Tuesday, December 23, 2014

Musings On the Presumption of Reasonableness

We've spent some time on recent published decisions from the Tenth Circuit. We'll also note one unpublished decision from last week: United States v. Morain.
The case was litigated by our very own Tom Bartee, and he has this to say about the decision:

Back in 2006, the Tenth Circuit declared that sentences within a correctly calculated Guidelines range are entitled to a presumption of reasonableness. This case, United States v. Kristl, predated the Supreme Court's decision in Rita v. United States, which is the decision  in which the Supreme Court announced that courts of appeals may -- but need not -- apply a presumption of reasonableness to within-Guidelines range sentences. Two points about the presumption, one possibly helpful and one probably not.

First (and unhelpfully), Kristl’s statement about the presumption was pure dicta. The sole issue in Kristl was whether the district court properly calculated Kristl’s criminal history. This is nothing more than an issue of procedural reasonableness. The appellate presumption of reasonableness applies only to substantive reasonableness challenges of within-range sentences. Although dicta is not controlling precedent, later Tenth Circuit decisions adopted the Kristl dicta and applied it where it matters, so the presumption now carries the imprimatur of precedent.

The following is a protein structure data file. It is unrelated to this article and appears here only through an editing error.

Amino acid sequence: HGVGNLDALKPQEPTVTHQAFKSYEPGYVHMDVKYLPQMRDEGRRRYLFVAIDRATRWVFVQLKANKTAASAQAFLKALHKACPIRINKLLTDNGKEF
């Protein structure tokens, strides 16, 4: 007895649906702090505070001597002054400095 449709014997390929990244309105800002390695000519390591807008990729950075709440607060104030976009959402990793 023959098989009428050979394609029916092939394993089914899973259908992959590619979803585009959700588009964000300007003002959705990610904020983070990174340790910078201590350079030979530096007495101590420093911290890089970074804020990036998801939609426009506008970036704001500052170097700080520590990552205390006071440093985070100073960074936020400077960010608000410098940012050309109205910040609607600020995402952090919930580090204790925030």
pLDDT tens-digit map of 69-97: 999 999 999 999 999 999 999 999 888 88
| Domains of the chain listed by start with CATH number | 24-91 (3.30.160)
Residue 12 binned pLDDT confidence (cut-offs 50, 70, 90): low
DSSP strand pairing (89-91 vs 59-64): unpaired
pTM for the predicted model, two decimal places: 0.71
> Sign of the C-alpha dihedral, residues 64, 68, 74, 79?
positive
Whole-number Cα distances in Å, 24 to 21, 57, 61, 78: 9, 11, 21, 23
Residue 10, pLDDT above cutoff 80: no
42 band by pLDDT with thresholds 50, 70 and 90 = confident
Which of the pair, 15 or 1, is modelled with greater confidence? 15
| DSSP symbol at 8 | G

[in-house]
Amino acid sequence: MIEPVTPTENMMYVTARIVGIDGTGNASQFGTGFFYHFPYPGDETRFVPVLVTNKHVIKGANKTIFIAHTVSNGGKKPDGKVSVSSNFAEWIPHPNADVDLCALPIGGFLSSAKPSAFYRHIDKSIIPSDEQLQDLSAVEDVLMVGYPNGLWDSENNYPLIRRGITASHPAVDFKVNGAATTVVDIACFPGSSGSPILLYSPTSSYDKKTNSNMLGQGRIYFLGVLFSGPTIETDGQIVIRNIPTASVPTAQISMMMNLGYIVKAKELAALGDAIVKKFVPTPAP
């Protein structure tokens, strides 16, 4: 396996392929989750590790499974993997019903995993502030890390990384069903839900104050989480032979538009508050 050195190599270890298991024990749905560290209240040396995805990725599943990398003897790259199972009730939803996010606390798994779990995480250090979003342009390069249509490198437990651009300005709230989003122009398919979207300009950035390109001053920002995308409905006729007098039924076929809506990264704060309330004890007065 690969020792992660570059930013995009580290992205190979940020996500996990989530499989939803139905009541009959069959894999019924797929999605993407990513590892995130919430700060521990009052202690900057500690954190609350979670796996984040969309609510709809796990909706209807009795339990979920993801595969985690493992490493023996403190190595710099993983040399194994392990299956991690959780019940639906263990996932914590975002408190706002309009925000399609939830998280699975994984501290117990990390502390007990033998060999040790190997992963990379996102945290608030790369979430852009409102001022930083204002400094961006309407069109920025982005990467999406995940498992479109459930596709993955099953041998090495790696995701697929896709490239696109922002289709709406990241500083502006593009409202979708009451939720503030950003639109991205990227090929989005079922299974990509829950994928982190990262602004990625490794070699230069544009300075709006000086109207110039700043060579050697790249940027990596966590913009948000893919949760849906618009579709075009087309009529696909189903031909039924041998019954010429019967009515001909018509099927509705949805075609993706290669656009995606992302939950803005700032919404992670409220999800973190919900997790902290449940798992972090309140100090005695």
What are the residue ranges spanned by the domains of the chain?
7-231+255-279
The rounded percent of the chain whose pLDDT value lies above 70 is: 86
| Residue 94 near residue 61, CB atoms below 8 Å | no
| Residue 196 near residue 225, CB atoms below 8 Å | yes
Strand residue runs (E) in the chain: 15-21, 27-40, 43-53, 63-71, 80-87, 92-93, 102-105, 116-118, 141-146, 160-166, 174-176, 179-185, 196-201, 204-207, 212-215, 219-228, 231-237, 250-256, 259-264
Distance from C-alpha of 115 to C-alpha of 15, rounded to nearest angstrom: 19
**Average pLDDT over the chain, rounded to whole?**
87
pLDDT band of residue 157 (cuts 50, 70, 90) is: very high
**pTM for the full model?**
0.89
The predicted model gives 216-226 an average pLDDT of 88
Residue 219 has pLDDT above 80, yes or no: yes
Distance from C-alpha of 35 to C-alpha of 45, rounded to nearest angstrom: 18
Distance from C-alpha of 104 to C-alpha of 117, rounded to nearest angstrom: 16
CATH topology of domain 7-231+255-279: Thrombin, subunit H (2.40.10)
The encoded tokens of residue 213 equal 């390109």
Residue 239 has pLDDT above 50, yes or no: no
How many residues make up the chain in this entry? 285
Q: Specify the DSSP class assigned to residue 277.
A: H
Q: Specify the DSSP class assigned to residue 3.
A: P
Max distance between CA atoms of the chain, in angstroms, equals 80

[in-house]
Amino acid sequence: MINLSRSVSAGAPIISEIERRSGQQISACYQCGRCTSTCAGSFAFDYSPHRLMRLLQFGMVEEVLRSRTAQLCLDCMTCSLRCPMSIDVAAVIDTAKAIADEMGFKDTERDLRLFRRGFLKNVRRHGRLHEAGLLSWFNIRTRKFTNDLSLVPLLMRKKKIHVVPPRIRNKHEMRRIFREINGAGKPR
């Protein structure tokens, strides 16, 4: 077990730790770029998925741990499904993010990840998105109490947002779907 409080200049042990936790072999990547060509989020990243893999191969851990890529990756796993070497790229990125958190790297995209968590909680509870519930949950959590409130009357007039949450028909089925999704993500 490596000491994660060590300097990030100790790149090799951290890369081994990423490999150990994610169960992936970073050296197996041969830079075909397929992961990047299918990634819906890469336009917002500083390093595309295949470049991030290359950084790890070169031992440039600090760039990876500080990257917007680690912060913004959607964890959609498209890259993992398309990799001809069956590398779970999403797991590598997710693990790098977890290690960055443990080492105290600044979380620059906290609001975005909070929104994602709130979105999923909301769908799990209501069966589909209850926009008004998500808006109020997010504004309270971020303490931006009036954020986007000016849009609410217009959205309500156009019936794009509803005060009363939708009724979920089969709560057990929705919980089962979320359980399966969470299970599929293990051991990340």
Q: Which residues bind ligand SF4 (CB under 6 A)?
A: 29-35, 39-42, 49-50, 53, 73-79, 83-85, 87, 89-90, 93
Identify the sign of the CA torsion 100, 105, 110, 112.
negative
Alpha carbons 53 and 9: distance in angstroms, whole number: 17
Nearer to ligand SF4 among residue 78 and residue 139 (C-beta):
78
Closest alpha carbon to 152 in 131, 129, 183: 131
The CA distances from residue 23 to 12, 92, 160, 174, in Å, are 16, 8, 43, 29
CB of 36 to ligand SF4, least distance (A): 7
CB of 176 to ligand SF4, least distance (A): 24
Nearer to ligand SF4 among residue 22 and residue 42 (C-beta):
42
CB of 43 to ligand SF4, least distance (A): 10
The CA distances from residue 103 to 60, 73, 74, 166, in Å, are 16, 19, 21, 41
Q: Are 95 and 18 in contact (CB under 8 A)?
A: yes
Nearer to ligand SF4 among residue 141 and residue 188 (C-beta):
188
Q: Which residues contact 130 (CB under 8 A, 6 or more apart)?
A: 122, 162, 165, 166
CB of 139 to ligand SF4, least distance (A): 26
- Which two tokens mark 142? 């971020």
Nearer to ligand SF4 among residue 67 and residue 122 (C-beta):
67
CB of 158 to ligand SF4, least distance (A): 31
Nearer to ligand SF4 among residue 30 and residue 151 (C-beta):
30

Second (and possibly helpful), it may be an open question in the Tenth Circuit whether the presumption actually applies to all within-Guidelines-range sentences, and in particular, to sentences imposed under the flawed childpornography guideline. In Morain, the Court pointedly avoided answering this question. The Court quoted Kristl for the proposition that “[w]e have held ‘a sentence that is properly calculated under the Guidelines is entitled to a rebuttable presumption of reasonableness.’” But the Court followed this with a quote from the Supreme Court's decision in Gall v. United States, and the Court italicized an important qualification to Kristl’s broad statement: “If the sentence is within the Guidelines range, the appellate court may, but is not required to, apply a presumption of reasonableness.” The Court proceeded under the assumption that it could disregard the presumption. As you probably guessed, though, it found the sentence substantively reasonable nonetheless.

Despite the outcome in Morain, it may be worth attacking the presumption when applied to flawed guidelines, such as those governing child pornography, drugs, and career offenders.

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